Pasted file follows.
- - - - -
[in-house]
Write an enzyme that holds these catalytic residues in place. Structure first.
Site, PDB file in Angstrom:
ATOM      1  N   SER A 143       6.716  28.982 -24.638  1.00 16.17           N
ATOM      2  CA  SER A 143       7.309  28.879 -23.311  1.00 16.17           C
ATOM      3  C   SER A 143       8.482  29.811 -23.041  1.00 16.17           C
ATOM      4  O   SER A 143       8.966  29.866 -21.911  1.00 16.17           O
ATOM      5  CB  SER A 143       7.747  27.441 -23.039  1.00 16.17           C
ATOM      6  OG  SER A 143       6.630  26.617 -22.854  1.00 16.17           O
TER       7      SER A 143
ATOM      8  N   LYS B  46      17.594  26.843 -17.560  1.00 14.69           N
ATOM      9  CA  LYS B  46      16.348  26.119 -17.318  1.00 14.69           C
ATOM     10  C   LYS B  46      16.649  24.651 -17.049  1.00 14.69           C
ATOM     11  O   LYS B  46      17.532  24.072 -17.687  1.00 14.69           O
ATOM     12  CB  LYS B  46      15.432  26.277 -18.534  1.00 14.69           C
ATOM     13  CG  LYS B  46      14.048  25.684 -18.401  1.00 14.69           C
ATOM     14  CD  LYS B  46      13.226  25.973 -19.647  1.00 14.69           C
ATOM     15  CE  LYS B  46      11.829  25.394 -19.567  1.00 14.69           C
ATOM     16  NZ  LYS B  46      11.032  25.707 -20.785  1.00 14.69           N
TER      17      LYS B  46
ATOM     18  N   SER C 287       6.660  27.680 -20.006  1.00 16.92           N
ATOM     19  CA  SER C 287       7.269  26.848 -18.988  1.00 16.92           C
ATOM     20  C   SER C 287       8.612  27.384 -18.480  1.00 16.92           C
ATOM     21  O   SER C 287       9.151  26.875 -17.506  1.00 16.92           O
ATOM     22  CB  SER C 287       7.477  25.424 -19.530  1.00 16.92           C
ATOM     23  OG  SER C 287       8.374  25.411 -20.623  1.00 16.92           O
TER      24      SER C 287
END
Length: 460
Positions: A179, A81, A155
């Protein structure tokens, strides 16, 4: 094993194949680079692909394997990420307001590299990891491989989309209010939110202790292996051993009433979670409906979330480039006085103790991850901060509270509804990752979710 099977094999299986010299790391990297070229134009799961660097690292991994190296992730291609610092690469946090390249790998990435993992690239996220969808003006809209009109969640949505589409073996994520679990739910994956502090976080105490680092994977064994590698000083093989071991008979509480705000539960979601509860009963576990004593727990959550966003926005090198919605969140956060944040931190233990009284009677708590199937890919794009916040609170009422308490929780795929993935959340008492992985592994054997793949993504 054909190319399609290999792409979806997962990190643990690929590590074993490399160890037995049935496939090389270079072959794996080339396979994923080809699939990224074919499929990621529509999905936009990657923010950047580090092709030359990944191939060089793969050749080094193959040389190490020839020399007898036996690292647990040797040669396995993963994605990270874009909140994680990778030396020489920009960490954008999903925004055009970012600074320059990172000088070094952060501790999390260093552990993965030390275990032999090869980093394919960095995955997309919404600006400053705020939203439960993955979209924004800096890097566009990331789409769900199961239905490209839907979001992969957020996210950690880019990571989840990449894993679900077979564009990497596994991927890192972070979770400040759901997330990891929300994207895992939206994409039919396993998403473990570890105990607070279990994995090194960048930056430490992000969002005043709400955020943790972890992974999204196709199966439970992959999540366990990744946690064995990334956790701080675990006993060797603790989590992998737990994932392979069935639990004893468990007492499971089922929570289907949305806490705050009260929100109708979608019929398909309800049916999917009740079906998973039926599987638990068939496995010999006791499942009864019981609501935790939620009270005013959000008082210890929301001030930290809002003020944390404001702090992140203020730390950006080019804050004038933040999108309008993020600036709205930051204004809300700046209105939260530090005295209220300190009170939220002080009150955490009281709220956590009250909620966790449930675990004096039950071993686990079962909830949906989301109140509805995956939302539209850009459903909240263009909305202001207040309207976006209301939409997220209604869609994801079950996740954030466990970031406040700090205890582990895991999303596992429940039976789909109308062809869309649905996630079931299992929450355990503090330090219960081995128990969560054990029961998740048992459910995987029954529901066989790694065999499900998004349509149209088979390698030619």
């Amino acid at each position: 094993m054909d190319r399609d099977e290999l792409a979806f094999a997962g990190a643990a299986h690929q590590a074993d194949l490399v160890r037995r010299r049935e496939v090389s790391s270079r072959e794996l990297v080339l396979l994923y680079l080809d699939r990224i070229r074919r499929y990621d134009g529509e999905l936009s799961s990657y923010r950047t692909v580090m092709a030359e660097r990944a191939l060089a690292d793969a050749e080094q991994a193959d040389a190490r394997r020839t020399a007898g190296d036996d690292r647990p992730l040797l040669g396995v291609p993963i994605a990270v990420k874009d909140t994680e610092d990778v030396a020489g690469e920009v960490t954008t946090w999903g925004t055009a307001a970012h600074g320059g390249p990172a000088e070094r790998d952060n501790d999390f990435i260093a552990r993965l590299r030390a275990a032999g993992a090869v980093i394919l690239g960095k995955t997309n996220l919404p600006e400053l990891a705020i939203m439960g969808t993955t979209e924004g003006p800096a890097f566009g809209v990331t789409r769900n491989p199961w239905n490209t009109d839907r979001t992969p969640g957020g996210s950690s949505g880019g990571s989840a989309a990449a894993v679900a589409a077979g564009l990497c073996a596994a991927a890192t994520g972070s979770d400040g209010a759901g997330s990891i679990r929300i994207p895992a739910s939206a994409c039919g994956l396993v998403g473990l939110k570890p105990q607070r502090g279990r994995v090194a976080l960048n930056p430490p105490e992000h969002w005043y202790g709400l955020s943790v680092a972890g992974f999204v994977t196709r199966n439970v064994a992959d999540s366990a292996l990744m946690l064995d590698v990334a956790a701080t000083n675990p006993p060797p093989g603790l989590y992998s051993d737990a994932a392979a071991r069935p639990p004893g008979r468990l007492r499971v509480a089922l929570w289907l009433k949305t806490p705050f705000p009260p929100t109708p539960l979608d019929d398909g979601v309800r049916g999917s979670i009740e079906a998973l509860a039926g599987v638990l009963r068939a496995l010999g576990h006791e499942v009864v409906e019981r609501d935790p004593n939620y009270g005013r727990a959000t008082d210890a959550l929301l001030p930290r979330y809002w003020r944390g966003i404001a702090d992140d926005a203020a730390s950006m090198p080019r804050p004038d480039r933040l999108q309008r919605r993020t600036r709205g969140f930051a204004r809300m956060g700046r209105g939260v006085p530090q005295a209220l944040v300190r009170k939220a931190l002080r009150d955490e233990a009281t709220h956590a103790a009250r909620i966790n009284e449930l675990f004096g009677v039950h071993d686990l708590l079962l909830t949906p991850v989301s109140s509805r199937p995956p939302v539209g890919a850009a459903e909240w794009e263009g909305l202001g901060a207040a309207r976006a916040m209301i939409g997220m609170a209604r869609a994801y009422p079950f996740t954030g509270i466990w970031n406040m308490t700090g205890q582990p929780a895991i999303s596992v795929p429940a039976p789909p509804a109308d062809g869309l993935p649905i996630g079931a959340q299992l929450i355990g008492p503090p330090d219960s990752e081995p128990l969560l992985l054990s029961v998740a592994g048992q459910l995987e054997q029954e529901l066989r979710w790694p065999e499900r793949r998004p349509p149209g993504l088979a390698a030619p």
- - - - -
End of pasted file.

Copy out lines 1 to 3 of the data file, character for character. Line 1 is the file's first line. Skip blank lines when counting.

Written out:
[in-house]
Write an enzyme that holds these catalytic residues in place. Structure first.
Site, PDB file in Angstrom: